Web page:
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You Are What You Eat: How Your Food Choices Affect Your Health

by Lisa Fortin, MD

The saying "you are what you eat" has been around for centuries, but it has never been more relevant than it is today. With obesity rates on the rise and chronic diseases such as diabetes and heart disease becoming more prevalent, it's important to take a closer look at how our food choices affect our health.


Recent medical literature has shown that approximately 80% of our body habitus, or body shape and composition, is related to what we eat. This means that the food we consume plays a critical role in shaping our overall health and well-being.



So, what drives our food choices? For many people, the answer is taste. We often base our food choices on what tastes good, rather than what is good for us. This is a problem, as our tongue, which makes up less than 2% of our entire digestive tract, is dictating the nutrition we provide our bodies. The remaining 98% of our digestive tract and the secondary effects that food has on our body are often overlooked.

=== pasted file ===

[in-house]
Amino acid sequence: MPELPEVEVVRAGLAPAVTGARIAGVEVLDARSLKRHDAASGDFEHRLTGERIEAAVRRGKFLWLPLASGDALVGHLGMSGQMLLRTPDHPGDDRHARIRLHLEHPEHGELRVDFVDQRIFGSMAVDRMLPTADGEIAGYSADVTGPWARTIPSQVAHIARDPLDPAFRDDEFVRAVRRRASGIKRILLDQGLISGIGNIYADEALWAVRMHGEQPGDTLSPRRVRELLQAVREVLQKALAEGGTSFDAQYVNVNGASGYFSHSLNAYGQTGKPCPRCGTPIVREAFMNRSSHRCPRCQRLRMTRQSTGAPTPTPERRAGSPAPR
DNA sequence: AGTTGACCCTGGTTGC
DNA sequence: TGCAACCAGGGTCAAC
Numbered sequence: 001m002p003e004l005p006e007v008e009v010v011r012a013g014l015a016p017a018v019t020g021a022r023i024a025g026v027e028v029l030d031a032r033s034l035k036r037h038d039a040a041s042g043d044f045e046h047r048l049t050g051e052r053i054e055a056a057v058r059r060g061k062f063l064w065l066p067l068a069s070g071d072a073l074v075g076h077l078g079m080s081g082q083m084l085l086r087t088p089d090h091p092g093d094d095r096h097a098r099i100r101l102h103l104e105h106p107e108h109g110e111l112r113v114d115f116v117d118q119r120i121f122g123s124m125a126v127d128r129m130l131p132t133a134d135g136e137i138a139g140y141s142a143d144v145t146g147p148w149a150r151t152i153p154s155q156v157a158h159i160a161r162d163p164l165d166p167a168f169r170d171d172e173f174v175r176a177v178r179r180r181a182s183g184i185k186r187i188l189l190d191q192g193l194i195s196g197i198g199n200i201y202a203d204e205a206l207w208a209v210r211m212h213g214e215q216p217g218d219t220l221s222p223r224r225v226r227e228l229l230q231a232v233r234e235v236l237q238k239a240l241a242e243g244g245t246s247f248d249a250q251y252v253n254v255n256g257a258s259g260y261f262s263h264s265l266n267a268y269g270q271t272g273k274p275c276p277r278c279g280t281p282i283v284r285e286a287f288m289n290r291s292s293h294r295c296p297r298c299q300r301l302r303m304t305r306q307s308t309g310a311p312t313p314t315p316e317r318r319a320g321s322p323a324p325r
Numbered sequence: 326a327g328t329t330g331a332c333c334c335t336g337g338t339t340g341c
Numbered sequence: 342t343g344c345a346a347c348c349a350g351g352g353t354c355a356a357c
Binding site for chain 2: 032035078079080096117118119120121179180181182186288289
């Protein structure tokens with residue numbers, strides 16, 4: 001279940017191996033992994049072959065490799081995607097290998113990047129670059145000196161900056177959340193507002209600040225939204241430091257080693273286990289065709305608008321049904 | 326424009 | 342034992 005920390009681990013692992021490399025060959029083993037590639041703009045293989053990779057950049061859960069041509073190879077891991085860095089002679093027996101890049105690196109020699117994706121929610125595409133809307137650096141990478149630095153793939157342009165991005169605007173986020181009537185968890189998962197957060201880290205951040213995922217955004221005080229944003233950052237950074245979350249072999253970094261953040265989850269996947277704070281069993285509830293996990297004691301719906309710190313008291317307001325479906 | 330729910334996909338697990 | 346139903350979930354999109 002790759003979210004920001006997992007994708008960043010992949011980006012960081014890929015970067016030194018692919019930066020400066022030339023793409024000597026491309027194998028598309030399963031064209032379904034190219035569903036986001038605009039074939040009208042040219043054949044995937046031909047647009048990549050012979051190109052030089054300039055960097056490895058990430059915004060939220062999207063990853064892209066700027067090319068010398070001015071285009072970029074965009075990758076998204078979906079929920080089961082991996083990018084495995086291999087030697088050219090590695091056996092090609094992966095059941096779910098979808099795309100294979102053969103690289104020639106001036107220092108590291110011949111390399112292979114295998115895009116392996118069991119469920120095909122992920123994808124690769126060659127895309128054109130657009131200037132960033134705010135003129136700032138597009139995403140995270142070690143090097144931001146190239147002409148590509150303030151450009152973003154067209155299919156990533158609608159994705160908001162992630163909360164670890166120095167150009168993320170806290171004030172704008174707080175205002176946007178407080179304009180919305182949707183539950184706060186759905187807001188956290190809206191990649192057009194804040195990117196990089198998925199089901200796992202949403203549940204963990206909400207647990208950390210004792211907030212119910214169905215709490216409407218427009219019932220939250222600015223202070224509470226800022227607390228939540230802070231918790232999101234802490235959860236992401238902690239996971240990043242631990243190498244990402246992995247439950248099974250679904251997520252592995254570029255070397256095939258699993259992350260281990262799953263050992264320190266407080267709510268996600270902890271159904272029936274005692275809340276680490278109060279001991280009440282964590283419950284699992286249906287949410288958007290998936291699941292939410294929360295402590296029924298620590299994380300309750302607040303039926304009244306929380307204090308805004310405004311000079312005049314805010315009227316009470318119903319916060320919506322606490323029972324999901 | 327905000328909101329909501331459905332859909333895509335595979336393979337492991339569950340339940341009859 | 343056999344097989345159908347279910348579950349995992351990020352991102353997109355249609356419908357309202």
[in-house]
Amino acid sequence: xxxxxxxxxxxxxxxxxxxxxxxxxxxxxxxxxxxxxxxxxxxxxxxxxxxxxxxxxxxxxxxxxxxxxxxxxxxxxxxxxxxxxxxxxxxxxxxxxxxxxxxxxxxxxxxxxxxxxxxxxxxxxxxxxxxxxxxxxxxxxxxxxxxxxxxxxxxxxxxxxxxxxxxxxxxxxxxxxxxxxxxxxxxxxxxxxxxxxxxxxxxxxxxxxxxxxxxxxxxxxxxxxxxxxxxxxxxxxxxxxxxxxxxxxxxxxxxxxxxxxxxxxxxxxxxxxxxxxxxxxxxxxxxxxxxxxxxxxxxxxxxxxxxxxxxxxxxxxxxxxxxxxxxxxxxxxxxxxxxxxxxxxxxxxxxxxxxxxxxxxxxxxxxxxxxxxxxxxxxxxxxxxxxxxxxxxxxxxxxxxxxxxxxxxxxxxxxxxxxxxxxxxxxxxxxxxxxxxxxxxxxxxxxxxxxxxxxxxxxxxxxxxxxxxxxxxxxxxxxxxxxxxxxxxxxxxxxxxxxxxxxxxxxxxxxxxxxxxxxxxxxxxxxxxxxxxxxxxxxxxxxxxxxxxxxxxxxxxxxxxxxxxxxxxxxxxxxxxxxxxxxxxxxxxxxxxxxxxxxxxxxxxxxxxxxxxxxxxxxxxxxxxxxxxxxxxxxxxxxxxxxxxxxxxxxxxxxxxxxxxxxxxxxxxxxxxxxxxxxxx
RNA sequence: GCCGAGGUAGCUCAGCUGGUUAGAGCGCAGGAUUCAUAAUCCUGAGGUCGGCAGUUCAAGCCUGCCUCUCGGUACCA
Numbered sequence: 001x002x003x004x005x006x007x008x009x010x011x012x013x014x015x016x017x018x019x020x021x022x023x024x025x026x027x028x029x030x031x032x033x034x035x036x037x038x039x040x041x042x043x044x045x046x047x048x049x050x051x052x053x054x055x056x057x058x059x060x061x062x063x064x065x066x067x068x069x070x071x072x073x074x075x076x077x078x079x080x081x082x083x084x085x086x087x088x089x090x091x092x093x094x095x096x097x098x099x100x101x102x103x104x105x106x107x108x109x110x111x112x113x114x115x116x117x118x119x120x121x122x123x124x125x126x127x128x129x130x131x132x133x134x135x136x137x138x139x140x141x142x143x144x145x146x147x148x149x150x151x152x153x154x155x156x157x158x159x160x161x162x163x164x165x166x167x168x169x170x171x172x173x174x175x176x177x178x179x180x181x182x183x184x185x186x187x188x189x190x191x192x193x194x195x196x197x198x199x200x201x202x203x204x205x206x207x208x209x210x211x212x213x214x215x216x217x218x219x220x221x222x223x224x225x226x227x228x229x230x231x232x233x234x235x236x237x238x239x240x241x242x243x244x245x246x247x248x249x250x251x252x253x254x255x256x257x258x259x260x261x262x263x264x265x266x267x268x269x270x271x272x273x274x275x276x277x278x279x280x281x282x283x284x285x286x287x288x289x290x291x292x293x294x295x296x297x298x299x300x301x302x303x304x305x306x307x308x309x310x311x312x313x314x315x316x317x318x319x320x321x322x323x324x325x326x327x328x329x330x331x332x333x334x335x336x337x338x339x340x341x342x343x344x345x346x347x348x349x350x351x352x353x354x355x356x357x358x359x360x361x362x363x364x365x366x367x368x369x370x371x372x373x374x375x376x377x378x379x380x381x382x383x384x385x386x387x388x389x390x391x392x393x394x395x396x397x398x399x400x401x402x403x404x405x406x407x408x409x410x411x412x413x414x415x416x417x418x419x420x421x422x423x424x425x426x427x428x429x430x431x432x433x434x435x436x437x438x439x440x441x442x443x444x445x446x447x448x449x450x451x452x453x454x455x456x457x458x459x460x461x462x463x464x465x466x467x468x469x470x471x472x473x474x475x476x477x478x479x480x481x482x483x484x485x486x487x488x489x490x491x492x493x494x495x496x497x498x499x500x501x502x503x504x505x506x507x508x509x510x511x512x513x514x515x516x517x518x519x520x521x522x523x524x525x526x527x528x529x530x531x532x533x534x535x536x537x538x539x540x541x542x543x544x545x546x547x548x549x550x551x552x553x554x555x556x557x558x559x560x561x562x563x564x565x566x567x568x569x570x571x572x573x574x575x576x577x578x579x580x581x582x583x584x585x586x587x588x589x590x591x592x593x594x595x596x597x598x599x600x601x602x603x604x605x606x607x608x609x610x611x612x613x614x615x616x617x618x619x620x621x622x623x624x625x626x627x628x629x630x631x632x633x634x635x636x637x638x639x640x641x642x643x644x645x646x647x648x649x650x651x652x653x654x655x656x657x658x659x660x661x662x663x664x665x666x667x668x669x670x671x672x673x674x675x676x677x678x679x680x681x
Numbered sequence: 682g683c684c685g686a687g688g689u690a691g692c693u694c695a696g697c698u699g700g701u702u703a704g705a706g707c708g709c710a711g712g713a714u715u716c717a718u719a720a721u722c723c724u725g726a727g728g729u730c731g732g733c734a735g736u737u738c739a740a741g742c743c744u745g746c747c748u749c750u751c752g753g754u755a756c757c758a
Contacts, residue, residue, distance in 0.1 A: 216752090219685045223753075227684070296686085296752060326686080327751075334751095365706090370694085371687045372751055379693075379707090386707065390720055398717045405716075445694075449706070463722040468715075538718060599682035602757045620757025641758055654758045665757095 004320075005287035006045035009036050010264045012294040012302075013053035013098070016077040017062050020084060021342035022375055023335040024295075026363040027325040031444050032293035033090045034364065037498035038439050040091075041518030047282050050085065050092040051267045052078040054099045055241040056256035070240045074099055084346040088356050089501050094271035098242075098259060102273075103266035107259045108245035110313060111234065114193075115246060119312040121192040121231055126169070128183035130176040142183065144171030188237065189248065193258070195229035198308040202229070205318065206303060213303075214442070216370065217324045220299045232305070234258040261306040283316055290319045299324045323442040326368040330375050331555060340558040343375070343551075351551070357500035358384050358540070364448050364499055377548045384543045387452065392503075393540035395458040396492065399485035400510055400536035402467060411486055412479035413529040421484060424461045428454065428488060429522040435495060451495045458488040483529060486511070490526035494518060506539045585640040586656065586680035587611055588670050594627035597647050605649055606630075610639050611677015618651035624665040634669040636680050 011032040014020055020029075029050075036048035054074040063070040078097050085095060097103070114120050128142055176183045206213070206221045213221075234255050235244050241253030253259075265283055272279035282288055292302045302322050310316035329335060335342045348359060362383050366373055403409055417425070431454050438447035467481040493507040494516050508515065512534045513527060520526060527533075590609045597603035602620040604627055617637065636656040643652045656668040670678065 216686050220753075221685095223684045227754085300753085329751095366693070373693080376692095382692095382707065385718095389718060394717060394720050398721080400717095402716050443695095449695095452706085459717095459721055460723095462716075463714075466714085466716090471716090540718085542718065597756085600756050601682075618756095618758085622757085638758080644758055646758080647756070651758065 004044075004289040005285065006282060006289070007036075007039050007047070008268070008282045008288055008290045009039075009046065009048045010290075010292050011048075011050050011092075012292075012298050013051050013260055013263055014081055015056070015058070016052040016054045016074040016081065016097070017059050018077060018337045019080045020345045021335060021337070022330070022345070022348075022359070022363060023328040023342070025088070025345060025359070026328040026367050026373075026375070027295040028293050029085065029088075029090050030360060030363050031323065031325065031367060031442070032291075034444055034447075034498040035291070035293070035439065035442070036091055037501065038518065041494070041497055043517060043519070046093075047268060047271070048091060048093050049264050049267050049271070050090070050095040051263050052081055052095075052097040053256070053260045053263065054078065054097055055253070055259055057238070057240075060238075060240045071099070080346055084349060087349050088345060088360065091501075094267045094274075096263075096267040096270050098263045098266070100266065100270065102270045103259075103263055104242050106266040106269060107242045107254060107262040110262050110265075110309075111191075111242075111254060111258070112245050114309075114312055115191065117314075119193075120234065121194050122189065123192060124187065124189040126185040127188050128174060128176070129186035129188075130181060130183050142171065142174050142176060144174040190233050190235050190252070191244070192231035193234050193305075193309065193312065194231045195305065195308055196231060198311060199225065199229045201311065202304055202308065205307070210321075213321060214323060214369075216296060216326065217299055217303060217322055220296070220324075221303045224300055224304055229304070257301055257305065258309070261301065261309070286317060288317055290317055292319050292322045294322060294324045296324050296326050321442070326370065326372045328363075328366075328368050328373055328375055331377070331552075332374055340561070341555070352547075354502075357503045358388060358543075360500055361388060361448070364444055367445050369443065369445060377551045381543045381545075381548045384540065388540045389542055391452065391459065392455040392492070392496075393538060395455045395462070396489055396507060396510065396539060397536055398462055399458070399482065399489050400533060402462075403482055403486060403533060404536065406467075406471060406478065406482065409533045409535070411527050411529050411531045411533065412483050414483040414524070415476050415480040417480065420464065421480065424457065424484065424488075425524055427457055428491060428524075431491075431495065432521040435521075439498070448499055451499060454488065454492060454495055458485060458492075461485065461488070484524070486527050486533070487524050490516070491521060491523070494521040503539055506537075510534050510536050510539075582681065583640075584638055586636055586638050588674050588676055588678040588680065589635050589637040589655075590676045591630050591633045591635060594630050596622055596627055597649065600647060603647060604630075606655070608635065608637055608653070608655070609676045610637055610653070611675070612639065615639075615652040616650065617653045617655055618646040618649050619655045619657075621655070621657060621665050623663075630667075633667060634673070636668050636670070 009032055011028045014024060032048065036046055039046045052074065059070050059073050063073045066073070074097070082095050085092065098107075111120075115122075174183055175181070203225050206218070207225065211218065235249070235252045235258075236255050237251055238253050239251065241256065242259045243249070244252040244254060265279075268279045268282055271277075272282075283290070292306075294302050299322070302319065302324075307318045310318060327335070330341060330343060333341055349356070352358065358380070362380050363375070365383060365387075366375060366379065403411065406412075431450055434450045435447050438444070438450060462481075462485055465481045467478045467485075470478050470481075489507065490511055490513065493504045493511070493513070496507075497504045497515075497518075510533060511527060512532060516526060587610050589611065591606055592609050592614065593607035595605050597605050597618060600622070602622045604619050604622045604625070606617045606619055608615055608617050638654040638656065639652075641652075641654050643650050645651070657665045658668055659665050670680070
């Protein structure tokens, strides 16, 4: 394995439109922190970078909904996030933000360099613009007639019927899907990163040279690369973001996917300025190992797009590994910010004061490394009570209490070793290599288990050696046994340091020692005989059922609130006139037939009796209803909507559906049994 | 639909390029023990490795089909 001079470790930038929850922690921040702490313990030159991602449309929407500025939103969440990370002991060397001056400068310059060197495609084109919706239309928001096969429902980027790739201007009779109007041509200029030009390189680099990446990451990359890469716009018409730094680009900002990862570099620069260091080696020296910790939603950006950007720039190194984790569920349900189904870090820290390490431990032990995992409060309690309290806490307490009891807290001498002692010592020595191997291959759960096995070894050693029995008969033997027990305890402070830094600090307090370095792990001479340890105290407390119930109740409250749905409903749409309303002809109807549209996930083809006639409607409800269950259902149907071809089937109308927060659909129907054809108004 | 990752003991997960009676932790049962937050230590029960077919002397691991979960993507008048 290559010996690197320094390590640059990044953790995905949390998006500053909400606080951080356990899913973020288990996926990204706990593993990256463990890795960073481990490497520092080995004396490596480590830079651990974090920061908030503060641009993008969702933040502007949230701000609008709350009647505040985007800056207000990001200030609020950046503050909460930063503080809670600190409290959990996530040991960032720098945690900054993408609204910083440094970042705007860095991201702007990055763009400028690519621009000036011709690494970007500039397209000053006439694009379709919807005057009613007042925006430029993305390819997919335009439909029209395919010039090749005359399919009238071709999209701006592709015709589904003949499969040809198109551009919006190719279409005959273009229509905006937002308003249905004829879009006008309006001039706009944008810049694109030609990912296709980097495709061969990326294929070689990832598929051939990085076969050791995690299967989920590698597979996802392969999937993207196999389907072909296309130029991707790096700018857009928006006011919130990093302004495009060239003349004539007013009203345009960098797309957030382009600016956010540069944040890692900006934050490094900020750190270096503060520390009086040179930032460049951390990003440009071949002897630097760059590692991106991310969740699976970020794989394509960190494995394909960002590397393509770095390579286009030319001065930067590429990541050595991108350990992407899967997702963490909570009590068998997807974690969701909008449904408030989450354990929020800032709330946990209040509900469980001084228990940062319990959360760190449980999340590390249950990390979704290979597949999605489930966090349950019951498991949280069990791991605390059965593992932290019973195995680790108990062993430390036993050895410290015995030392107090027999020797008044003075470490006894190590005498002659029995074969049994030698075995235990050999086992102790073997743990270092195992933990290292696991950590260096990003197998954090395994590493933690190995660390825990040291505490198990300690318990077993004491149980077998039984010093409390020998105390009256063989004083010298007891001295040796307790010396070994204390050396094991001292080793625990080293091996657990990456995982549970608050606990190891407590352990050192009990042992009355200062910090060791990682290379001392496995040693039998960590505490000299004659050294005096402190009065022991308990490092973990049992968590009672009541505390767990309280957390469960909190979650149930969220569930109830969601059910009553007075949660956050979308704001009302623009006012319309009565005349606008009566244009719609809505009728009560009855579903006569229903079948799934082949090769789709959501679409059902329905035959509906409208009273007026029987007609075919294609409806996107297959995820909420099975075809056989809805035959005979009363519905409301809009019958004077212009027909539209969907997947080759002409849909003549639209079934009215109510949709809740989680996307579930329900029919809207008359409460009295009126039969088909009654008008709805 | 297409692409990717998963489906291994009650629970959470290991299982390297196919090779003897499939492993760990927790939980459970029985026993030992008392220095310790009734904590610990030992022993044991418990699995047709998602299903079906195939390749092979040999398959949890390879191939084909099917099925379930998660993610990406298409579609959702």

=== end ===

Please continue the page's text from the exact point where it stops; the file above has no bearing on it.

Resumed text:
One of the biggest concerns with our current food choices is the high levels of inflammation they can cause in our bodies. Food substances such as sugar, white wheat, highly processed foods, and certain oils can all lead to inflammation. This chronic, systemic inflammation is at the root of many diseases we typically associate with aging, such as heart disease, Alzheimer's, and cancer.


Some studies have also found that certain foods may cause more inflammation than others, such as sugary and processed foods, refined carbohydrates, and unhealthy fats. Some studies also suggest that diets high in fruits, vegetables, whole grains, lean protein, and healthy fats may help to reduce inflammation.


It's important to note that there are many factors that contribute to chronic diseases, such as genetics and lifestyle factors, but diet plays a major role in the development of these conditions. By making healthier food choices, we can take control of our health and reduce our risk of chronic diseases.


References:

  1. "Diet-induced inflammation and its impact on metabolic disease" by Andrew T Hsieh and David W E Grainger, Nature Reviews Endocrinology, vol 16, pages 243–257 (2020)

  2. "The Role of Diet and Nutrition in Inflammation and Cancer" by M. Leena R. Pradhan and Liming Li, Cancer Treatment and Research Communications, vol 22, pages 1-10 (2020)

  3. "Dietary sugar, inflammation and cancer" by Manal F. Abdel-Hamid and Peter S. R. Jenkins, Journal of Nutritional Biochemistry, vol 34, pages 1-9 (2016)

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